I. K.: – Aesthetics is hard to present as science. This hierarchy is determined by the degree of resemblance to “science”.

M. R.: – I think this order is introduced with a view to the past. The main influence is the positivist tradition of the first third of the 20th century when it was presumed one could be a serious thinker only if one avoided questions of values. Today there is completely different situation in Anglo-American philosophy as well. For example, there is an influence of cognitive sciences and, I think, we should take note of it in aesthetics as well. The changes can be seen also in the theories of science and culture. Philosophers talk about post-platonic situation. What does it mean? It means that certain things should be reformulated. For example, we talk about sense of nature. Who has this sense of nature? What is human being? If we understand human being in the context of spirit and beautiful soul, than we have one kind of description and in these boundaries we can talk about aesthetic experience...

E. F.: – It seems to me there are other problems here as well. The model of aesthetics that was built according to the presuppositions of Enlightenment is quite lucid and works for a very long time, and it has very clear rules of how to build a theory. Physics is understood as a set of laws, and aesthetics also is understood as precision of laws. Just as physics today experiences great changes in its theoretical setting, aesthetics after Baumgarten is not built just as precisely. I am not claiming one has to construct some kind of universal theoretical model, but there are no strong theoretical or non-theoretical setting that could provide a law. That is why there are so many theories nowadays.

M. R.: – I do not think the situation is that bad. Lots of things are already accomplished in the world. Of course, I do not think it is possible to reduce everything to some single principle or theory, but theory has not become absolutely pluralistic or has completely lost its importance today. For me, aesthetics or aesthetic theory seems to be an interesting attempt to tear oneself away from classic and humanistic tradition that we identified in this discussion as distancing of aesthetics from the philosophy of art. Besides, aesthetics and cultural theory together, or aesthetics and the theory of communication, help to reevaluate oppositions and juxtapositions that determined aesthetics until very recently.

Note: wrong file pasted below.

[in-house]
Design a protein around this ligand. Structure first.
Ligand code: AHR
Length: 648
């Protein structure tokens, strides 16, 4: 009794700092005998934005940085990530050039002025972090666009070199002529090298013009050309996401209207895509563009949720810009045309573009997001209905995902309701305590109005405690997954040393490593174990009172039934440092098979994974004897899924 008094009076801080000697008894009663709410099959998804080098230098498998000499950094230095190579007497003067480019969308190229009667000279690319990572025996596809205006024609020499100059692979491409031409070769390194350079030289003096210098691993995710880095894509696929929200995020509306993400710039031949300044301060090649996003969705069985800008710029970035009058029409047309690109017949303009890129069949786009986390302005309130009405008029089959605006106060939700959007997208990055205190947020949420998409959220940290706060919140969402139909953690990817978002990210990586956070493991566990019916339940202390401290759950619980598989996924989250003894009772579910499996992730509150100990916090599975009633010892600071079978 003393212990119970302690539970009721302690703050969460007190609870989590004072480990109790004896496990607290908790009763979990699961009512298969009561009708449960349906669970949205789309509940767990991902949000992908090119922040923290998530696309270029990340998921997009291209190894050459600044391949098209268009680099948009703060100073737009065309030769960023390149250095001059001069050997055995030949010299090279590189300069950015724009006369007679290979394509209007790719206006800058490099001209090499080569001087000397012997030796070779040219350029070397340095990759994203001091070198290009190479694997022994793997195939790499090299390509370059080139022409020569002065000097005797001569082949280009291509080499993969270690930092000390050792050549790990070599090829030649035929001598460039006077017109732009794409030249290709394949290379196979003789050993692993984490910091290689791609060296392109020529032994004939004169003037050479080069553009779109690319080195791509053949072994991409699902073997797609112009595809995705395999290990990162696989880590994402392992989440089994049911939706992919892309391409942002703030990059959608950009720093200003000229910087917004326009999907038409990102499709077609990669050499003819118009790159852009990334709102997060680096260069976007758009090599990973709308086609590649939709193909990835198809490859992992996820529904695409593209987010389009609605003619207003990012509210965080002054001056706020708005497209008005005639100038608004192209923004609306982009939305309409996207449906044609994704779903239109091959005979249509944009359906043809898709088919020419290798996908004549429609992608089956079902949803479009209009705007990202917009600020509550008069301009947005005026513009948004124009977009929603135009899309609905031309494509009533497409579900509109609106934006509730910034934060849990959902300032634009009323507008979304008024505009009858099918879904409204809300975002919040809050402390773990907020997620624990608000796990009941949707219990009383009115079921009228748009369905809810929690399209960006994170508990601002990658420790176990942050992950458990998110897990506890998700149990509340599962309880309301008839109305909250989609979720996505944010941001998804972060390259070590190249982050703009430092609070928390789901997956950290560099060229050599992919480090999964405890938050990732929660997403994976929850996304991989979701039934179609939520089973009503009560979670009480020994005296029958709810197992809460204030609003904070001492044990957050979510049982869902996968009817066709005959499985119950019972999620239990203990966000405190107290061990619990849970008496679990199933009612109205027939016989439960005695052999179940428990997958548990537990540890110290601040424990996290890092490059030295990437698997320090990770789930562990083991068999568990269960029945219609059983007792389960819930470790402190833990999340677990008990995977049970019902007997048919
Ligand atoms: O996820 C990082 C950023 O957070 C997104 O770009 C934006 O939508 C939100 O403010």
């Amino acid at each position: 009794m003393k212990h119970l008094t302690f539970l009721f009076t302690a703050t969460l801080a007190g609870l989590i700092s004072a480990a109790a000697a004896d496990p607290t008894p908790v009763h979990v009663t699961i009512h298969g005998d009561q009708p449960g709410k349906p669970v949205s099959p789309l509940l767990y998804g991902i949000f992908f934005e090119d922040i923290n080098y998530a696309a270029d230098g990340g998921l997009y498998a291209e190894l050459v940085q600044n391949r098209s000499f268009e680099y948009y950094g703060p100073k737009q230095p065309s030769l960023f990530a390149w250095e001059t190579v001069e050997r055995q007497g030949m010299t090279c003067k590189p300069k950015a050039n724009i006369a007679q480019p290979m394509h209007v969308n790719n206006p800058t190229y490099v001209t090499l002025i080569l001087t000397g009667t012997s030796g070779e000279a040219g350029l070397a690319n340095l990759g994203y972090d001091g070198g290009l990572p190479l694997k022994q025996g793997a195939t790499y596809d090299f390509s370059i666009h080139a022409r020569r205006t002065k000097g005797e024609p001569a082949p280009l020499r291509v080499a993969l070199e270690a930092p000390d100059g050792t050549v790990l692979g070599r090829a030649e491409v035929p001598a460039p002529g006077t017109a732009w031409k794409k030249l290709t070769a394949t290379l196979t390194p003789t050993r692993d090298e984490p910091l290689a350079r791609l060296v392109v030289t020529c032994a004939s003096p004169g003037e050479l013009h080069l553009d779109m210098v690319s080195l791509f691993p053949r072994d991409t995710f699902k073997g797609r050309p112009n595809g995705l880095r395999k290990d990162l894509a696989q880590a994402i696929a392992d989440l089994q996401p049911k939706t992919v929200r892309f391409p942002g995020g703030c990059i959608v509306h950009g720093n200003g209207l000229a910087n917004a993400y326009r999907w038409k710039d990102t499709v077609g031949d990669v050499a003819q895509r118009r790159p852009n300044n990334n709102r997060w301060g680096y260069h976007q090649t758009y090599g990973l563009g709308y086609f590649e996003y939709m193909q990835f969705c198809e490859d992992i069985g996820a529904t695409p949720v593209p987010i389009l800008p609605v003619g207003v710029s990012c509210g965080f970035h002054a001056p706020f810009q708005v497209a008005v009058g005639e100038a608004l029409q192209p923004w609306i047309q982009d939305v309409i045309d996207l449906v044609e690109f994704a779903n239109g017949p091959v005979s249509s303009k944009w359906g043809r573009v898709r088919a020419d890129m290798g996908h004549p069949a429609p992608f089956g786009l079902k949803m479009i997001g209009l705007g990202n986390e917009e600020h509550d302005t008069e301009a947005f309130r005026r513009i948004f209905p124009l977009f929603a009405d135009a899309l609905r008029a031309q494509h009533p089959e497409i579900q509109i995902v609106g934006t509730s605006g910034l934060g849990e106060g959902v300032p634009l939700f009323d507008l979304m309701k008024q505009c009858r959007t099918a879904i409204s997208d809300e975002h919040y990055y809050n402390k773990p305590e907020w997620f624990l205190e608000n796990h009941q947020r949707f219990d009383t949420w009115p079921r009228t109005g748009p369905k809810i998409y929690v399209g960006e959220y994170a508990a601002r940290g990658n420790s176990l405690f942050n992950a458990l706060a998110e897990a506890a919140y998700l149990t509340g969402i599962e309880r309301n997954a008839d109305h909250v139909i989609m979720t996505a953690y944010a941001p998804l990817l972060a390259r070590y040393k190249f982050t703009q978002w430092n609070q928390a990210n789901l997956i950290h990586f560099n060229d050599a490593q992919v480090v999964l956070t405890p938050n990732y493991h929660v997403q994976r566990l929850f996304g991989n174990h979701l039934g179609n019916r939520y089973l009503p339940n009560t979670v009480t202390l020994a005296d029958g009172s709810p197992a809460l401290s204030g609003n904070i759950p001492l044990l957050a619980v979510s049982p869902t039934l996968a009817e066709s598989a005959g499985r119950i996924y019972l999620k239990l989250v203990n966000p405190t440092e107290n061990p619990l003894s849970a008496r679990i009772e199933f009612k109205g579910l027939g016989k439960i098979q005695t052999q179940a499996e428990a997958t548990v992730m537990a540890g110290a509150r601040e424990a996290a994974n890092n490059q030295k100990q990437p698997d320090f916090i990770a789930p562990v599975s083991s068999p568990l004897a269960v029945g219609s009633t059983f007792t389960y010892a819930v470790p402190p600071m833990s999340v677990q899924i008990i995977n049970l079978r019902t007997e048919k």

A. S.: – Certainly it seems to me, the overlapping of aesthetics and cultural theory, or the theory of communication, could be more productive than attempts to reanimate Kant’s and Baumgarten’s theories.

E. F.: – One cannot reanimate them, but one can draw attention to some problem. We still read these authors because we notice something in their texts. One cannot reanimate a theory in its entirety, but one can use it and find something in them.

I. K.: – Yes, and one cannot think of aesthetics in the same way we think of physics with new paradigms and the old ones that do not work anymore.

A. S.: – Nevertheless, one should distinguish two different issues – of course, one can always find something in a theory, but then there is a question of dynamics of philosophy. A process can go on, but still be stagnant even though everybody is writing something. Therefore, one of the questions worth asking is what dynamics of aesthetics is.

I. K.: – There is also the question of importance of dynamics. It is an idea of 20th century, namely, that we always need something new. One can also look after and cultivate tradition.

E. F.: – We have accepted that everything is changing very fast. The historical principle is put in motion and set free, and practically one cannot apprehend it, because dynamics itself is in action. And if we come back to post-modern theories, reflection also is in action. And we watch as the world changes and we get this feeling the old theories lag behind because they have to work synchronically with these changes.

M. R.: – Kant’s theory works very well for television. That is not a casual remark. Kant’s theory, no doubt, is linked to the understanding of human being that stays above everything, above irrational animals, and his taste means to be free of prejudices, but how can we talk about a viewer who sits in front of TV set? And then we discover that he is not just cultural simpleton that passively watches. No, he is not passive, he can take part in how it is organized. And we cannot disclose it, we keep working with the same approach of juxtaposition between elitist and mass culture.

E. F.: – I liked the question about dynamics of aesthetics. It indicates not so much that we want something different and are criticizing old theories, but that when we do something we formulate also why we are doing this. And maybe we can talk here not just about some external task, but also importance of aesthetics for ourselves.